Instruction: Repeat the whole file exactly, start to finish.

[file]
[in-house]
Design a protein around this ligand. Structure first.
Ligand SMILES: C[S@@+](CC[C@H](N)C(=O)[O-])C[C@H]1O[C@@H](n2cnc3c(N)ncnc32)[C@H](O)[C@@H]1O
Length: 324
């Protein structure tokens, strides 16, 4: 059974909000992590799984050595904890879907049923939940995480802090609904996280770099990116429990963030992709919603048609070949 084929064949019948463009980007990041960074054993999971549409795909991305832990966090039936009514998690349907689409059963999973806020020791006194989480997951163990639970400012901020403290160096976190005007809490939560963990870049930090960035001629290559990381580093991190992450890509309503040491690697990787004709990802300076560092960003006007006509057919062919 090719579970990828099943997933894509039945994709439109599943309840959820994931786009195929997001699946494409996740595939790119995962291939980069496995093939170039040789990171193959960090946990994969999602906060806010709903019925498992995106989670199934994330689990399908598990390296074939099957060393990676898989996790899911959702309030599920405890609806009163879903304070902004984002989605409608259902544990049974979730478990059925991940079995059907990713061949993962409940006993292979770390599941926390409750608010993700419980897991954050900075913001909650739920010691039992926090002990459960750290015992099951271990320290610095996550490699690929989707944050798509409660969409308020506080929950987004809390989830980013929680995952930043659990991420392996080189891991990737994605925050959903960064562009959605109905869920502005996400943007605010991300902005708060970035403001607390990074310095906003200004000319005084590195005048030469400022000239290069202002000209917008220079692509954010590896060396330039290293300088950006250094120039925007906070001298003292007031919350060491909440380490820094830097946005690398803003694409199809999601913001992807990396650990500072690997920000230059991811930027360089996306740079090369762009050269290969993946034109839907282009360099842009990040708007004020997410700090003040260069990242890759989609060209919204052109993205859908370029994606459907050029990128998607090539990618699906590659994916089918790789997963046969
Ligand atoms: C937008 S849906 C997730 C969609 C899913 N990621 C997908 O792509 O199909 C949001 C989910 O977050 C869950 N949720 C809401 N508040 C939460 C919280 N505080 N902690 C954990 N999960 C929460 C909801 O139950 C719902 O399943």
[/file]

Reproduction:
[in-house]
Design a protein around this ligand. Structure first.
Ligand SMILES: C[S@@+](CC[C@H](N)C(=O)[O-])C[C@H]1O[C@@H](n2cnc3c(N)ncnc32)[C@H](O)[C@@H]1O
Length: 324
């Protein structure tokens, strides 16, 4: 059974909000992590799984050595904890879907049923939940995480802090609904996280770099990116429990963030992709919603048609070949 084929064949019948463009980007990041960074054993999971549409795909991305832990966090039936009514998690349907689409059963999973806020020791006194989480997951163990639970400012901020403290160096976190005007809490939560963990870049930090960035001629290559990381580093991190992450890509309503040491690697990787004709990802300076560092960003006007006509057919062919 090719579970990828099943997933894509039945994709439109599943309840959820994931786009195929997001699946494409996740595939790119995962291939980069496995093939170039040789990171193959960090946990994969999602906060806010709903019925498992995106989670199934994330689990399908598990390296074939099957060393990676898989996790899911959702309030599920405890609806009163879903304070902004984002989605409608259902544990049974979730478990059925991940079995059907990713061949993962409940006993292979770390599941926390409750608010993700419980897991954050900075913001909650739920010691039992926090002990459960750290015992099951271990320290610095996550490699690929989707944050798509409660969409308020506080929950987004809390989830980013929680995952930043659990991420392996080189891991990737994605925050959903960064562009959605109905869920502005996400943007605010991300902005708060970035403001607390990074310095906003200004000319005084590195005048030469400022000239290069202002000209917008220079692509954010590896060396330039290293300088950006250094120039925007906070001298003292007031919350060491909440380490820094830097946005690398803003694409199809999601913001992807990396650990500072690997920000230059991811930027360089996306740079090369762009050269290969993946034109839907282009360099842009990040708007004020997410700090003040260069990242890759989609060209919204052109993205859908370029994606459907050029990128998607090539990618699906590659994916089918790789997963046969
Ligand atoms: C937008 S849906 C997730 C969609 C899913 N990621 C997908 O792509 O199909 C949001 C989910 O977050 C869950 N949720 C809401 N508040 C939460 C919280 N505080 N902690 C954990 N999960 C929460 C909801 O139950 C719902 O399943």